The Redberry Lake Biosphere Region is building a new interpretive and research centre where Saskatchewan residents can meet for land-based learning experiences, reconciliation and knowledge sharing.

“We have to find a way to build a sustainable, economic system that provides for the people here and provides for the natural resources here that we have,” said Larry Hawrysh, vice-chair of the biosphere region.

In a release, the Redberry Lake region said that it sees humans as an integral part of the biosphere — a narrow zone on the surface of the earth where soil, water, and air combine to sustain life.

Hawrysh said the biosphere “movement” began in the mid 1970s. Redberry Lake is one of 19 biosphere reserves in the country and only one in Saskatchewan.


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“It’s trying to reconcile sustainable land use in populated areas. It isn’t all doom and gloom out there. There are ways that we can live in harmony.”

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The Redberry reserve has been in the making since the 2000s.

Visitors will be able to see over 200 hundred species of birds from domes at the Redberry region, overlooking the mineral waters of the lake. A bird-banding station will help conservation efforts.

The team is also opening a Native Tree and Plant Nursery this spring in Hafford.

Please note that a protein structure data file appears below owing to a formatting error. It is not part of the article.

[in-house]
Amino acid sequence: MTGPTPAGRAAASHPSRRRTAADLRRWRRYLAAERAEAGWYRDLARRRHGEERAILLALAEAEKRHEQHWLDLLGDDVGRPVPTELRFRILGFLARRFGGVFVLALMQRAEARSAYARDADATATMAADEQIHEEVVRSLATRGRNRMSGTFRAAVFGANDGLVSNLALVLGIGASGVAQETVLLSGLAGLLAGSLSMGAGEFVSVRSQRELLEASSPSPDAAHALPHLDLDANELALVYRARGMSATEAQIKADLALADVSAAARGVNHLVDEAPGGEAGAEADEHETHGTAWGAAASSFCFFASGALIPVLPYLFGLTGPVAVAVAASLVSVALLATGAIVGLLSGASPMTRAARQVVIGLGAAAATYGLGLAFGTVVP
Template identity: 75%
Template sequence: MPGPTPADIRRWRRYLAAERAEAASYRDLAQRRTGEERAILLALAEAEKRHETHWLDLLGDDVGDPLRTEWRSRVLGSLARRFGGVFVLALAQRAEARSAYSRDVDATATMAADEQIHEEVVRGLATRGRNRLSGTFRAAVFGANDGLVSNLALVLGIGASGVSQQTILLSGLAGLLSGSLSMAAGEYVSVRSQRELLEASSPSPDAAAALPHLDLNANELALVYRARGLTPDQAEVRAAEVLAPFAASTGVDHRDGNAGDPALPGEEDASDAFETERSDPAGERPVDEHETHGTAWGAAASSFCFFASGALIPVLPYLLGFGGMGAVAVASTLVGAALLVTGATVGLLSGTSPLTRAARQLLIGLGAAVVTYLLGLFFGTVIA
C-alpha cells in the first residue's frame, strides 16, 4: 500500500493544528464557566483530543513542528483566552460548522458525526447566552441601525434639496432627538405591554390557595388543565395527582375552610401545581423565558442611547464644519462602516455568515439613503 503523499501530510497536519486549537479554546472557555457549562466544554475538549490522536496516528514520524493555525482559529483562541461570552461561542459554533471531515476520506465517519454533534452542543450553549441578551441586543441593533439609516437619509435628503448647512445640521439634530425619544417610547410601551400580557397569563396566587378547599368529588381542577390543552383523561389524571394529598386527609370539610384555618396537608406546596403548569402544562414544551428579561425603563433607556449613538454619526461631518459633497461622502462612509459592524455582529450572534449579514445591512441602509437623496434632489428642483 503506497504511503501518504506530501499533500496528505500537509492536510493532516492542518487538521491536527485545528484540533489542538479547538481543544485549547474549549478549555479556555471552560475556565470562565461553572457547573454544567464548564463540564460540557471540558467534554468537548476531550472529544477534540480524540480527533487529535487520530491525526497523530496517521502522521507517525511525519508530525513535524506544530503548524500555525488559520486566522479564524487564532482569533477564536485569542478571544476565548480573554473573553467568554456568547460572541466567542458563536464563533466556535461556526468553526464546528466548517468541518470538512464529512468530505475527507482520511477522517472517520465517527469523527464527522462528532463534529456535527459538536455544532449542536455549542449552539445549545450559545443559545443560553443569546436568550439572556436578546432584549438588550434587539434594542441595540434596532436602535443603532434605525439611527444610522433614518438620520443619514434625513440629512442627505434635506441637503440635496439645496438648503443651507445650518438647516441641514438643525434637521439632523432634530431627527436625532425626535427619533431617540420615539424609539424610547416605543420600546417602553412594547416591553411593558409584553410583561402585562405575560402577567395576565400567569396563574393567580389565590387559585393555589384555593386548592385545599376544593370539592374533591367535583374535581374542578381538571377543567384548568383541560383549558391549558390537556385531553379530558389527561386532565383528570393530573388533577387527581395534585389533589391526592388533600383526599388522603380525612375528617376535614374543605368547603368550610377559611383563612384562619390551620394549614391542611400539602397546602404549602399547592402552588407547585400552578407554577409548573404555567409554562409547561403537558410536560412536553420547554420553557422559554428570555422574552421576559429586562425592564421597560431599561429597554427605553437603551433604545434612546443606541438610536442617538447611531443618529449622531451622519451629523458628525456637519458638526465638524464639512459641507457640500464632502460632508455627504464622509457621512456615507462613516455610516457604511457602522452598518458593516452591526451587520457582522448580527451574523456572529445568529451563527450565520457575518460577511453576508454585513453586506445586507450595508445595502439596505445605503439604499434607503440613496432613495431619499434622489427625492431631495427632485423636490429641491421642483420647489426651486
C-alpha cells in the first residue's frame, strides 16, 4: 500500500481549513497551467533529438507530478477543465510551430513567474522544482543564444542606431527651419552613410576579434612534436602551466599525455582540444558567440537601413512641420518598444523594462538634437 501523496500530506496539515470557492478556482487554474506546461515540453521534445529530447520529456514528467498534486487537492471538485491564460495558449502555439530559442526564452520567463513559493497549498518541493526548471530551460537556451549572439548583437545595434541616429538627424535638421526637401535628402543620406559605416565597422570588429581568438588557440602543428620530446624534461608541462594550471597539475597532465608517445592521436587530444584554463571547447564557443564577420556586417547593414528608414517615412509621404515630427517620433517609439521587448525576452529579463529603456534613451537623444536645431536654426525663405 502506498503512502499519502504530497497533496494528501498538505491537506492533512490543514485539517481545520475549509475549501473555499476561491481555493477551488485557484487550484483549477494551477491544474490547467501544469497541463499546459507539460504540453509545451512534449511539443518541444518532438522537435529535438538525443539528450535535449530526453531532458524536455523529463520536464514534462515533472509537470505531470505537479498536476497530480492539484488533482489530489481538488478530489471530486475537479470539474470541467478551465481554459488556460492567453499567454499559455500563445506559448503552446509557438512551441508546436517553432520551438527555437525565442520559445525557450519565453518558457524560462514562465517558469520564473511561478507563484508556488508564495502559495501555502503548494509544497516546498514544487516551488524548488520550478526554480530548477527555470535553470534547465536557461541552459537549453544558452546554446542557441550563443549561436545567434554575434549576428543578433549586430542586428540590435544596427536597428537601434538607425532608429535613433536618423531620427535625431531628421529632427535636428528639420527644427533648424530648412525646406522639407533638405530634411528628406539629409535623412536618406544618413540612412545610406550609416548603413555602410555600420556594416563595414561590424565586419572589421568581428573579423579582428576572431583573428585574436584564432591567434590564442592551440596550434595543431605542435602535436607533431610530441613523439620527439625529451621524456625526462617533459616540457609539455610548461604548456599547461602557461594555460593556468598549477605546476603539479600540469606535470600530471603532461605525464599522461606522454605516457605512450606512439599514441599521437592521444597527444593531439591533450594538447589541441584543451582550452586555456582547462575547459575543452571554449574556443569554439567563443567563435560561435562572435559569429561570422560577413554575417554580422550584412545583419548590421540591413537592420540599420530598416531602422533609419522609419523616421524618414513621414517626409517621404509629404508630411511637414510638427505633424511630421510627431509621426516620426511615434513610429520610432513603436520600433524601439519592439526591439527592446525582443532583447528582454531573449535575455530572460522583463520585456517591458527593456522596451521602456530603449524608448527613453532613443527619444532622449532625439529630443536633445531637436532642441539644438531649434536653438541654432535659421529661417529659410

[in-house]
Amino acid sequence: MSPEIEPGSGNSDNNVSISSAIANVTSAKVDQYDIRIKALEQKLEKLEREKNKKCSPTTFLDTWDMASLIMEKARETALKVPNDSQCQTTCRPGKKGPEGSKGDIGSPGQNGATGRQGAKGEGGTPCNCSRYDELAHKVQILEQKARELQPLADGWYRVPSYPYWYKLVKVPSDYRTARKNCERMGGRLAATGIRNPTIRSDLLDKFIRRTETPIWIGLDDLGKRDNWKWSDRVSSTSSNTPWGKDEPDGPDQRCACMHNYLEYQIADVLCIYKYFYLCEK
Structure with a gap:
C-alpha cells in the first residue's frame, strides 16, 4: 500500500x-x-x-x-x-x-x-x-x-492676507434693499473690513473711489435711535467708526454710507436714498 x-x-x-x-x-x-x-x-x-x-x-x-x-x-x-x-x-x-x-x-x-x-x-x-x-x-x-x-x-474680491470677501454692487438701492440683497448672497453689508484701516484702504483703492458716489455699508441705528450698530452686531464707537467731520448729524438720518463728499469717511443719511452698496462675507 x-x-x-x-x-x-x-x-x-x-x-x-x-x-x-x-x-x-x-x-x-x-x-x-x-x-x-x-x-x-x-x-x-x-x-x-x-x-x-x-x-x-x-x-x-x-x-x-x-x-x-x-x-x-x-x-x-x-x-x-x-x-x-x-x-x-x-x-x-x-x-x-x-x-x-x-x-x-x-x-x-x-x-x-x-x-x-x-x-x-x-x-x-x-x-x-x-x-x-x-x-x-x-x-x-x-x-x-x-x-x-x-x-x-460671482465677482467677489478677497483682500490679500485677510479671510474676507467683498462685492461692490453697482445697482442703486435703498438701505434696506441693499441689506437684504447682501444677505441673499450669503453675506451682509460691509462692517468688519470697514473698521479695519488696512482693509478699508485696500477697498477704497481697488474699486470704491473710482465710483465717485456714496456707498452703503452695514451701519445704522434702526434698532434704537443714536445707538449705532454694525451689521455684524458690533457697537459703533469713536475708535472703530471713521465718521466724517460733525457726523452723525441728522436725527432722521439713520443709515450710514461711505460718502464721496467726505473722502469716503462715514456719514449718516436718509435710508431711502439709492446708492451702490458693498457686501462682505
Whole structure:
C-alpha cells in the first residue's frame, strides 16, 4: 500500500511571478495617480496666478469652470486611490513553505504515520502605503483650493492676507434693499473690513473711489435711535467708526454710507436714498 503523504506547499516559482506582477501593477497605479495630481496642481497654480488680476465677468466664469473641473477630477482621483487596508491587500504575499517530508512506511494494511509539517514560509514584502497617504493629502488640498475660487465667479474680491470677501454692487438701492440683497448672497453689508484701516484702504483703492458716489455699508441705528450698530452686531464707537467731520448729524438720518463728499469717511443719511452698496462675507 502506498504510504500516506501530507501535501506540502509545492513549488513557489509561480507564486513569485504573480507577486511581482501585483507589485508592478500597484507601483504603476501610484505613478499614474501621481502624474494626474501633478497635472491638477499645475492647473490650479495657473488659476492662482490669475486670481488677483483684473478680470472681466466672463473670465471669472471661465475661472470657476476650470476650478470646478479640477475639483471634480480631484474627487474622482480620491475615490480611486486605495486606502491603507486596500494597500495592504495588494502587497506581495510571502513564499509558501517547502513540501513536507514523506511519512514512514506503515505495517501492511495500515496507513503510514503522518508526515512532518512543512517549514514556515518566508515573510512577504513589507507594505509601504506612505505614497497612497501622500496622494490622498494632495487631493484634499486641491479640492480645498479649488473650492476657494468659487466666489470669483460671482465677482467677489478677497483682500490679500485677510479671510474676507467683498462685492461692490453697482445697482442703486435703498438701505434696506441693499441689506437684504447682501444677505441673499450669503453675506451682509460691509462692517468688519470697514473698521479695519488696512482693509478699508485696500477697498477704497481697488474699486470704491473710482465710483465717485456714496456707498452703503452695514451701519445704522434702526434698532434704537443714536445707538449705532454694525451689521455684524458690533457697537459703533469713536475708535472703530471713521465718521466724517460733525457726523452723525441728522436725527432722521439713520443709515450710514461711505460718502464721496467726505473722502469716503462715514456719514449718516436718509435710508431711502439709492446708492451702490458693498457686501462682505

“It’s based on scientific research, education, cultural values and reconciliation,” Hawrysh said.

He said the project’s team has partnered with universities, First Nations and local governments. It is hoping to open the centre within the next two years, but Hawrysh said the date depends on funding.

Tourism Saskatchewan is in on the opportunity, helping develop some of the experiences and purchasing some of the equipment.

“They have got some really cool ideas about geodesic domes for people to view over 200 bird species in the area from those domes and eventually be able to stay overnight,” said Jonathan Potts, CEO of Tourism Saskatchewan.

“It will really provide a focus for birding activity and drawing tourists from far and wide to come explore the area.”

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